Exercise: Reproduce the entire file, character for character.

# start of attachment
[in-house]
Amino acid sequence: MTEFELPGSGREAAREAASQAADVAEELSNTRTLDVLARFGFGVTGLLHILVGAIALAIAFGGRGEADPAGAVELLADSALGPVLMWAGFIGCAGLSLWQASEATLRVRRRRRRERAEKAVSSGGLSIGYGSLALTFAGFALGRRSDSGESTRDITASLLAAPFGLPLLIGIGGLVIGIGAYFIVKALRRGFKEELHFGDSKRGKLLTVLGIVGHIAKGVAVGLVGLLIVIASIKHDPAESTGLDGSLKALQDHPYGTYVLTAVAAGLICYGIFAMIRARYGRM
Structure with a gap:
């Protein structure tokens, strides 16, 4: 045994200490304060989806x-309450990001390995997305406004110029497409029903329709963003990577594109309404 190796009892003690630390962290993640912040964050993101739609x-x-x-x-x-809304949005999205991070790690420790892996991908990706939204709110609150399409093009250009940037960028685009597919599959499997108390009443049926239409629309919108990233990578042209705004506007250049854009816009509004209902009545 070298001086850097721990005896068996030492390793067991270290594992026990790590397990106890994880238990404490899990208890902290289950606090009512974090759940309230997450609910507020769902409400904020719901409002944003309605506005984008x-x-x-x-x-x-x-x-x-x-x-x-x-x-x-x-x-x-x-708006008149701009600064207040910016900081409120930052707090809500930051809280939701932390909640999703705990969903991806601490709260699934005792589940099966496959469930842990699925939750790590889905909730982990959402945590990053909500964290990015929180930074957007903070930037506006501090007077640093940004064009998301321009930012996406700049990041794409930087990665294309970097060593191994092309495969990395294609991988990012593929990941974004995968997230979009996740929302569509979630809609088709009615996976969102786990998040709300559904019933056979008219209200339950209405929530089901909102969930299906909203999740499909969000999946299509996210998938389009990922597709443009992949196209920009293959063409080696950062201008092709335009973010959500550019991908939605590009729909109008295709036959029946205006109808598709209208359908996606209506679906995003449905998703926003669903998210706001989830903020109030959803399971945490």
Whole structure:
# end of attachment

[in-house]
Amino acid sequence: MTEFELPGSGREAAREAASQAADVAEELSNTRTLDVLARFGFGVTGLLHILVGAIALAIAFGGRGEADPAGAVELLADSALGPVLMWAGFIGCAGLSLWQASEATLRVRRRRRRERAEKAVSSGGLSIGYGSLALTFAGFALGRRSDSGESTRDITASLLAAPFGLPLLIGIGGLVIGIGAYFIVKALRRGFKEELHFGDSKRGKLLTVLGIVGHIAKGVAVGLVGLLIVIASIKHDPAESTGLDGSLKALQDHPYGTYVLTAVAAGLICYGIFAMIRARYGRM
Structure with a gap:
């Protein structure tokens, strides 16, 4: 045994200490304060989806x-309450990001390995997305406004110029497409029903329709963003990577594109309404 190796009892003690630390962290993640912040964050993101739609x-x-x-x-x-809304949005999205991070790690420790892996991908990706939204709110609150399409093009250009940037960028685009597919599959499997108390009443049926239409629309919108990233990578042209705004506007250049854009816009509004209902009545 070298001086850097721990005896068996030492390793067991270290594992026990790590397990106890994880238990404490899990208890902290289950606090009512974090759940309230997450609910507020769902409400904020719901409002944003309605506005984008x-x-x-x-x-x-x-x-x-x-x-x-x-x-x-x-x-x-x-708006008149701009600064207040910016900081409120930052707090809500930051809280939701932390909640999703705990969903991806601490709260699934005792589940099966496959469930842990699925939750790590889905909730982990959402945590990053909500964290990015929180930074957007903070930037506006501090007077640093940004064009998301321009930012996406700049990041794409930087990665294309970097060593191994092309495969990395294609991988990012593929990941974004995968997230979009996740929302569509979630809609088709009615996976969102786990998040709300559904019933056979008219209200339950209405929530089901909102969930299906909203999740499909969000999946299509996210998938389009990922597709443009992949196209920009293959063409080696950062201008092709335009973010959500550019991908939605590009729909109008295709036959029946205006109808598709209208359908996606209506679906995003449905998703926003669903998210706001989830903020109030959803399971945490």
Whole structure: